Living in Colorado right next to the Rocky Mountains I've done plenty of hoping for
Fair Travels in Wilderness # Resource # Short-event
Playable at the end of the organization phase if target company plays a new site card. The hazard limit for the target company decreases by one for every Wilderness in its site path (to a minimum of two). Cannot be duplicated on the same company.
Of the fair travels cards, this is probably the most useful. Wilderness appears more than all other region types combined and there are more decks based around wilderness than other region types.
The best use of this card is if you have a fairly large company and are going through just enough wildernesses. For instance, if you have a company of five characters, you can use something like Rhun or Forod to travel great distances and only have a hazard limit of two. Or you can head from Lorien to Buhr Widu with a company of 7 and only expect to see 3 hazards. The most obvious combo with this card is Radagast. Build your deck around wilderness, draw lots of cards and not have too many hazards played on you. Throw in a fog for good measure and build your hazard portion around attacking in the wilderness. Craig O'Brian calls this a tree-hugger and it was one of the first decks discussed on the net...
This card finds its primary target around Rivendell where there is the most wilderness. A deck based around there with Ford, this card, and other wilderness helpers forms itself pretty well. You can also get good use out of this card in the north-east and Mirkwood where most of the regions are wilderness. Keep in mind that you can also use it when what you'll be facing won't be based around the wilderness. You can head to Mount Doom with this card, lowering the hazard limit by two (canceling the +2 from Mount Doom). You can also use this card to trick an opponent in a sneeky way. Move one company before the company with a Fair Travels. Your opponent will anticipate you heading through several wilderness and will hold cards in his hand accordingly. Then, surprise! you go through a bunch of non-wilderness regions. So maybe that's cheesy and stupid, but it DOES get a card out of your hand... This card can also be useful in sealed deck where you often end up going through a fair amount of wilderness and you tend to have a less than ideal character situation, some of whom you would like to protect (or at least keep untapped).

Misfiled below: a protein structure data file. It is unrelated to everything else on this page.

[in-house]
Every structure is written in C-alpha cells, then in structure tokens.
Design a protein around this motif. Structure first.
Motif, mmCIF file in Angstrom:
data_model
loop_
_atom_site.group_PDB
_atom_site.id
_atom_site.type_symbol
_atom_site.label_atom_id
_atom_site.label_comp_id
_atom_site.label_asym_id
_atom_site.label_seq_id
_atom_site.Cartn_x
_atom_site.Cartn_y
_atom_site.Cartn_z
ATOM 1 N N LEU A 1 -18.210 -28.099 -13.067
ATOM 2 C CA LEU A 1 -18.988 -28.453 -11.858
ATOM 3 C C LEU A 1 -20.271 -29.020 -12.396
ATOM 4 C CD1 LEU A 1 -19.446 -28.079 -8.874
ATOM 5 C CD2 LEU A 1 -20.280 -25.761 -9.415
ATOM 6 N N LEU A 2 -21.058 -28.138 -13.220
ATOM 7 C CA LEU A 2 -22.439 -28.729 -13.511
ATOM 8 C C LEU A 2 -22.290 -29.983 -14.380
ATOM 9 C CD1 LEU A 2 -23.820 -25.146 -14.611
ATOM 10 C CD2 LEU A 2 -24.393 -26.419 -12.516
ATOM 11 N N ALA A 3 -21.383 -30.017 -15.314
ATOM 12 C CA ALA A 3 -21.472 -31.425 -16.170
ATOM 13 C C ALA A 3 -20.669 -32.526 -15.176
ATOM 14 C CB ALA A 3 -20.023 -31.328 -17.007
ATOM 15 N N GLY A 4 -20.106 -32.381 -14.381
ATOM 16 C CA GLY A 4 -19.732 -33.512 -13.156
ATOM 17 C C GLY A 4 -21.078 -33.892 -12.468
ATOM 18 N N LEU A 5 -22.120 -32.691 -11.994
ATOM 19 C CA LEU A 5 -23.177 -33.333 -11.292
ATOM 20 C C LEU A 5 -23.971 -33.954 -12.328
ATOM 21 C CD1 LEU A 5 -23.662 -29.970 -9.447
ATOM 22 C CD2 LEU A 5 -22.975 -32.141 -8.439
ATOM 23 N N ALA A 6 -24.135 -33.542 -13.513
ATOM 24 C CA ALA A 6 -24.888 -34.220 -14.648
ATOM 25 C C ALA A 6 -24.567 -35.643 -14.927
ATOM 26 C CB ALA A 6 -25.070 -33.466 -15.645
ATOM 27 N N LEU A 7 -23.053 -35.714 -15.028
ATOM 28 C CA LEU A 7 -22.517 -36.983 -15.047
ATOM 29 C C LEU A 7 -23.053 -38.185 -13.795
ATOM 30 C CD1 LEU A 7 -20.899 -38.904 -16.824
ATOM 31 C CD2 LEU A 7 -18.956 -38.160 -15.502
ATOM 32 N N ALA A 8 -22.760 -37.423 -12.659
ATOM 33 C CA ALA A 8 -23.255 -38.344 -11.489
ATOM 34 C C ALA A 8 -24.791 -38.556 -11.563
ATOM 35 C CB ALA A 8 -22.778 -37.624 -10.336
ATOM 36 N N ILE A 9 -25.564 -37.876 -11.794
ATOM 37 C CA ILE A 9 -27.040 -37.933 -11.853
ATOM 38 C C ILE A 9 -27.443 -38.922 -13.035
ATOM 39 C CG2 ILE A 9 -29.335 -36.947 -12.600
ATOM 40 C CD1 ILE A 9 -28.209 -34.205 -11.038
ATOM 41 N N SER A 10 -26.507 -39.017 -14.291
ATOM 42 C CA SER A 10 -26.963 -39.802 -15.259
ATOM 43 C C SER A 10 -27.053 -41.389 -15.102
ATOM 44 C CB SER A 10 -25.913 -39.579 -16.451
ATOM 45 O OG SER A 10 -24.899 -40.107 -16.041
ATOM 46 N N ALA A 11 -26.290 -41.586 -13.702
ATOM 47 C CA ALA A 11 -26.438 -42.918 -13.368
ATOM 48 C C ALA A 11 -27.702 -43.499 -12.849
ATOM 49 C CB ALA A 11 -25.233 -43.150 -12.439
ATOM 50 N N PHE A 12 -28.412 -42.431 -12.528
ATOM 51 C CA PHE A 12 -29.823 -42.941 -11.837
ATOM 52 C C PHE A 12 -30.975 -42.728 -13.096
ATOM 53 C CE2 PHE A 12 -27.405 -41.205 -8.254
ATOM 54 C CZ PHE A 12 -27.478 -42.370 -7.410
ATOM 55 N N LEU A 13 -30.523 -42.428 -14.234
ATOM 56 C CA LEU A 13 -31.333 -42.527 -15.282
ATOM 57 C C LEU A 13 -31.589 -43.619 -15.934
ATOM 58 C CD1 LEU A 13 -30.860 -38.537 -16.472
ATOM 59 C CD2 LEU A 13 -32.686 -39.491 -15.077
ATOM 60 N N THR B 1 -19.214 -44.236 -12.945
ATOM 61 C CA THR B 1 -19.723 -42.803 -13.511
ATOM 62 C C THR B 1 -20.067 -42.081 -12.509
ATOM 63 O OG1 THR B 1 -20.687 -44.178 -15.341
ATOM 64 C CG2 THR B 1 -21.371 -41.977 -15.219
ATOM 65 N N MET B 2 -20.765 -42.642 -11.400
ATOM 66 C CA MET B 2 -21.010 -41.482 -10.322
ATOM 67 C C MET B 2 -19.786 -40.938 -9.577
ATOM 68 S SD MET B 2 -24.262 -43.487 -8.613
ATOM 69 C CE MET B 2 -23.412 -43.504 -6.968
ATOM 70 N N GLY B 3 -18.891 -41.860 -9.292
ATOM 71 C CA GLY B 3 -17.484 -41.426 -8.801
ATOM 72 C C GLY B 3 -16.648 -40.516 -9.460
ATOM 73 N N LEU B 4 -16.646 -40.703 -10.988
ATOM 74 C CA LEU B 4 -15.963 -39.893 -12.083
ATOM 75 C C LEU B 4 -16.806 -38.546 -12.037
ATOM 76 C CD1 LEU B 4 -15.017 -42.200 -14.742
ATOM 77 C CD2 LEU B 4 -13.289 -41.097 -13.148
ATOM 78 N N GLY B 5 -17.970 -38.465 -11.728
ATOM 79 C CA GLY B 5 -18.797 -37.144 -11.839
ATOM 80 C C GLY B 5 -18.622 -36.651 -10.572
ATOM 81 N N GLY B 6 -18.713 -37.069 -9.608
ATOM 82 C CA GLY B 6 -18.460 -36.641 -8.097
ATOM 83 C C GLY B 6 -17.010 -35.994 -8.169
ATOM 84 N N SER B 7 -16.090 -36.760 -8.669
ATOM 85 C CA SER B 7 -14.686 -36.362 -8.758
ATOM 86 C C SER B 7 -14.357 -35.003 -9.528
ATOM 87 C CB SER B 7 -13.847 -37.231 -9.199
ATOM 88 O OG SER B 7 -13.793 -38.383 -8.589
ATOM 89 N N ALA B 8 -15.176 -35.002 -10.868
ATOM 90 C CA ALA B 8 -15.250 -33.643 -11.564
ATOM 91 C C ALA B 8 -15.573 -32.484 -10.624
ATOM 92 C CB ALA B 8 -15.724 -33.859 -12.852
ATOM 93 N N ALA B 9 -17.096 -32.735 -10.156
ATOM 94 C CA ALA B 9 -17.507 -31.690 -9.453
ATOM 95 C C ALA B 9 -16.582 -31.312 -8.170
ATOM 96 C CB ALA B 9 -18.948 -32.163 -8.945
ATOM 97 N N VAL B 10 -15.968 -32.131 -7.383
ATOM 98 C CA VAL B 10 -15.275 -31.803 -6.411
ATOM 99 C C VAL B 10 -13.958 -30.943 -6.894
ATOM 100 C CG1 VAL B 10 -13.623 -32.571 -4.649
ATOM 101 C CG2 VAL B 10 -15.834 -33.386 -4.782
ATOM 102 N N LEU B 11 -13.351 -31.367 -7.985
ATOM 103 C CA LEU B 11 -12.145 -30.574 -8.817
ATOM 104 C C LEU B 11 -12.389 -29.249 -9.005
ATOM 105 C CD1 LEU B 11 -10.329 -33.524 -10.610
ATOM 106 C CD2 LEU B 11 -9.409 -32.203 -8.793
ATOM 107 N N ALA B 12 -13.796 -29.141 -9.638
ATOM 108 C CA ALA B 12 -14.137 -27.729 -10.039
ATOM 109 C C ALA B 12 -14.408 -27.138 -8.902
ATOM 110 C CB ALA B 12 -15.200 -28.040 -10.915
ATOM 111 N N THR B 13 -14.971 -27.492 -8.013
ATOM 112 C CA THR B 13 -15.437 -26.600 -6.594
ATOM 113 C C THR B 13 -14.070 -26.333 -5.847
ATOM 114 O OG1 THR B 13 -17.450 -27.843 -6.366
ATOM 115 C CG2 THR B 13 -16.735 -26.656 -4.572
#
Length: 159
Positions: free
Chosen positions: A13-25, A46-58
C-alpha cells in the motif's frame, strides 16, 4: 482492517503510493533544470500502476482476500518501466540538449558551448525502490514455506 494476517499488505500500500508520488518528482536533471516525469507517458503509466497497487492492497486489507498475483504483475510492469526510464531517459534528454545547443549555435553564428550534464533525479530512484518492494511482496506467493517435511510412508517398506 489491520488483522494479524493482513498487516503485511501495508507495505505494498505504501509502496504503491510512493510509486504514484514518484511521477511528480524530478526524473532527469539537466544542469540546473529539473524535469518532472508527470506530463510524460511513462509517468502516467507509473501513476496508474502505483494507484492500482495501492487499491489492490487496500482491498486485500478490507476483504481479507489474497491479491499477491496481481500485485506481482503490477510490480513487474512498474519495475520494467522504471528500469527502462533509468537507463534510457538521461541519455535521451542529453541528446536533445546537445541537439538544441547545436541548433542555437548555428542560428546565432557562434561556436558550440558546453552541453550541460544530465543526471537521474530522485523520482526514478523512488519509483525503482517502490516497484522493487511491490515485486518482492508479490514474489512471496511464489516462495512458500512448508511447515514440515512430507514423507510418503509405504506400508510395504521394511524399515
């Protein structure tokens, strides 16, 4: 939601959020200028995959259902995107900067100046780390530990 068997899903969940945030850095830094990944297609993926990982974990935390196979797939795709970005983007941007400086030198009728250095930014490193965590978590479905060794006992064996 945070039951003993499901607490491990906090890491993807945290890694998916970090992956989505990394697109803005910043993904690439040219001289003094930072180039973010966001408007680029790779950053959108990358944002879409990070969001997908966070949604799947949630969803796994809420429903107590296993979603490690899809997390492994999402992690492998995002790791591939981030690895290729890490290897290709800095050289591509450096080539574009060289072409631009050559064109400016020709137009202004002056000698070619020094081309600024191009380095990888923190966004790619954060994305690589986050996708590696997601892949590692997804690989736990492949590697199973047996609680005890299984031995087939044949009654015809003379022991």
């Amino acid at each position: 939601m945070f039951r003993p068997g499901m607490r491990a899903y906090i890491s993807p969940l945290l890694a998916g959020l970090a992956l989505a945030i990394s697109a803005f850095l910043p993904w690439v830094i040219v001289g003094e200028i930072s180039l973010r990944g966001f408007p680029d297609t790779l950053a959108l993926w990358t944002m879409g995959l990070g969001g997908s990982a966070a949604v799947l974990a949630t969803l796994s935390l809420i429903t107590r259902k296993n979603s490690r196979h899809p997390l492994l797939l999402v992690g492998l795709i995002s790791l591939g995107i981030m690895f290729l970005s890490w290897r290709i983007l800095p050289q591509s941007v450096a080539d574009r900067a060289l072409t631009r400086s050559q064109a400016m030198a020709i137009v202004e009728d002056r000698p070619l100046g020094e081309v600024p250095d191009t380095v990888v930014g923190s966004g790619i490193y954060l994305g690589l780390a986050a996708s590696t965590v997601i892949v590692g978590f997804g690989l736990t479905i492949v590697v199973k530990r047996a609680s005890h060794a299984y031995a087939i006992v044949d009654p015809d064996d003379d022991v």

Fair Travls in Wilderness is not as useful as it once was. Previously, you could take a large company out, play Fair Travels, and only have to face two hazards. Now with cards like Two or Three Tribes Present and other cards like Pierced by Many Wounds, no matter if you reduce your hazard limit or not you may face a lot of hazards. This means that even your large company with a small hazard limit may be tapped from a hoard of spider attacks or Undead attacks may still do about as much damage. Fair Travels is still useful, though. If you have four characters to face a barrage of creatures it's better than only two and your opponent may be playing with hazards that cost normal, such as corruption. And if you've reduced your limit from 6 to 2, you can only expect one Lure of Nature and one Weariness of the Heart rather than several more cards to cause a corruption check. This means you've got more people to tap in support.
So Fair Travels in Wilderness is a way to escape some of the nastiness of the hazard phase without appearing to be as much of a whimp as you do when you just cancel anything that comes along.
|Ratings for Fair Travels in Wilderness:|
COTD may be delayed in the coming days as I have a whole bunch of big projects and tests due almost simultaneously this week. I will catch up with any back issues during spring break, the last weak of March. I will also link the recent issues, something I've been slacking on.
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Card names and text copyright 1996 by Iron Crown Enterprises, all rights reserved. This document copyright 1997 by Trevor Stone. Permission given to duplicate so long as no profit is made and the copyright notice is kept in tact, blah, blah, blah.